October 20, 2017

The Gospel in Literary Terms

By Chaplain Mike

“When I forget why the gospel matters, I read Frederick Buechner.” (Barbara Brown Taylor)

And here is one example of why I agree with that testimony. The following excerpt is the thesis statement of Buechner’s book, Telling the Truth: The Gospel as Tragedy, Comedy, and Fairy Tale.

The Gospel is bad news before it is good news. It is the news that man is a sinner, to use the old word, that he is evil in the imagination of his heart, that when he looks in the mirror all in a lather what he sees is at least eight parts chicken, phony, slob. That is the tragedy. But it is also the news that he is loved anyway, cherished, forgiven, bleeding to be sure, but also bled for. That is the comedy. And yet, so what? So what if even in his sin the slob is loved and forgiven when the very mark and substance of his sin and of his slobbery is that he keeps turning down the love and forgiveness because he doesn’t believe them or doesn’t want them or just doesn’t give a damn? In answer, the news of the Gospel is that extraordinary things happen. Henry Ward Beecher cheats on his wife, his God, himself, but manages to keep bringing the Gospel to life for people anyway, maybe even for himself. Lear goes berserk on a heath but comes out of it for a few brief hours every inch a king. Zaccheus climbs up a sycamore tree a crook and climbs down a saint. Paul sets out a hatchet man for the Pharisees and comes back a fool for Christ. It is impossible for anybody to leave behind the darkness of the world he carries on his back like a snail, but for God all things are possible. That is the fairy tale. All together they are the truth.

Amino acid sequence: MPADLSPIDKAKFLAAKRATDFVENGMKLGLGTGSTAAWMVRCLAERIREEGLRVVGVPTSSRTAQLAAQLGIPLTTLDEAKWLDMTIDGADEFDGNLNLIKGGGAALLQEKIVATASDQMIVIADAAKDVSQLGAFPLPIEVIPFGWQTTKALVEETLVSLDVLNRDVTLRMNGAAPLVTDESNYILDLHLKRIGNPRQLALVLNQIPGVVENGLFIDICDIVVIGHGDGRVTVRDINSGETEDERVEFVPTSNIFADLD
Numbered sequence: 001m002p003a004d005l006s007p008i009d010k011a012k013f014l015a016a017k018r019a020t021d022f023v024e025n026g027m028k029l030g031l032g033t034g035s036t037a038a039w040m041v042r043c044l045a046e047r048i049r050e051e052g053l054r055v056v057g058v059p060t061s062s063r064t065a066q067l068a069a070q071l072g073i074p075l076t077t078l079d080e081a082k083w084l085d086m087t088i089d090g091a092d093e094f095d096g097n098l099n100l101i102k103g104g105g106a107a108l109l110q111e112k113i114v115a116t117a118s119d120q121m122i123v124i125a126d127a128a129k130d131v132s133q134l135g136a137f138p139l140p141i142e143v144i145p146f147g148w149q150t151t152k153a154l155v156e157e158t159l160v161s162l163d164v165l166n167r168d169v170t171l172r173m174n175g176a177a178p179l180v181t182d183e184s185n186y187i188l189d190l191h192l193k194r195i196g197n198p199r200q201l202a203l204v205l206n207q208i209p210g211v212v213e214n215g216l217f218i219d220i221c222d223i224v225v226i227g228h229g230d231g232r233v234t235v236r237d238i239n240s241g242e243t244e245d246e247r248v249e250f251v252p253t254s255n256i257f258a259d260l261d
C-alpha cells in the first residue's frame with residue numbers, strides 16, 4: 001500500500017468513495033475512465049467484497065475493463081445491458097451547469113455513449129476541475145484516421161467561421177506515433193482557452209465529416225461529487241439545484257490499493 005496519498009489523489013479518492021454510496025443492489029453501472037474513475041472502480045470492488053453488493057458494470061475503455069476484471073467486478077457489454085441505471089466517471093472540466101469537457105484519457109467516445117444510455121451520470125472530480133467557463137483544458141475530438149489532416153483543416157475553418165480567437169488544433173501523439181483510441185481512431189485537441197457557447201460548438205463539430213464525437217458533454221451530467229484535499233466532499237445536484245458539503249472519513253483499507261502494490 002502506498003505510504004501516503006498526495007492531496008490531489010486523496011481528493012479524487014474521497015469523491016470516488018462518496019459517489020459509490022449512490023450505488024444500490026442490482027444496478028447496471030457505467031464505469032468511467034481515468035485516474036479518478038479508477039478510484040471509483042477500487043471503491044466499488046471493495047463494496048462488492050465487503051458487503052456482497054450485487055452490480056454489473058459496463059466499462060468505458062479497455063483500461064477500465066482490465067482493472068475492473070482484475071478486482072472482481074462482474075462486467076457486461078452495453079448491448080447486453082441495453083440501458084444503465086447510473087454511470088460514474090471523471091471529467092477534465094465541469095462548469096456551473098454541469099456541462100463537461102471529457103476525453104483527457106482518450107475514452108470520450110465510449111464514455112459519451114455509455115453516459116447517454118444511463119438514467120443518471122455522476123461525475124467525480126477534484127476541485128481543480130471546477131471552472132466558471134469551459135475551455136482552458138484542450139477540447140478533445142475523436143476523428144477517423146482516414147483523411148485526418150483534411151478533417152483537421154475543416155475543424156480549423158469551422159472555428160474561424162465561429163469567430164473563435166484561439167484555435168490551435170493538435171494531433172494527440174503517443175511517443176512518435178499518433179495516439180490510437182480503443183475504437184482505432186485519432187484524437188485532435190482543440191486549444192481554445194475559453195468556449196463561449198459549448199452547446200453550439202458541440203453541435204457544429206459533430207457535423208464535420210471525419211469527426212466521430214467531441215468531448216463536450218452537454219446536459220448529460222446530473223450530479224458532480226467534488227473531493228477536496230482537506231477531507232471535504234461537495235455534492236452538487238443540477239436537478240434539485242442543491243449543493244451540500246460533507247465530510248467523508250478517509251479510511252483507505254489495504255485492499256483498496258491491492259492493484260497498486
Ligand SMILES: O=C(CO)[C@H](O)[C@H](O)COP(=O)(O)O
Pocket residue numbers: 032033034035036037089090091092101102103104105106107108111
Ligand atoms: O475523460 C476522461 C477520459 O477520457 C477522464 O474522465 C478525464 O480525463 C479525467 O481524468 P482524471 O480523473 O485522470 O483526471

• Telling the Truth, p. 7f (emphasis mine)

Comments

  1. In modern America, the notion of art, of the fairy tale being more true than the truth has been lost in our quest to make everything a money making proposition. Just look at how art programs, music programs, reading readiness programs, etc. are being slashed in schools and our society. Only those things that make money, that can be counted are worthwhile. Once you make art a quantifiable commodity whose only purpose is the bottom line, you’ve lost art and with it, the beauty and deeper truths it holds.

  2. I don’t know how to say this. These are things that some of us know and feel, but can’t say.

  3. love buechner – “listening to your life” is on my nightstand …

  4. Its a fairytale of resurrection and new life, both now and in the world to come.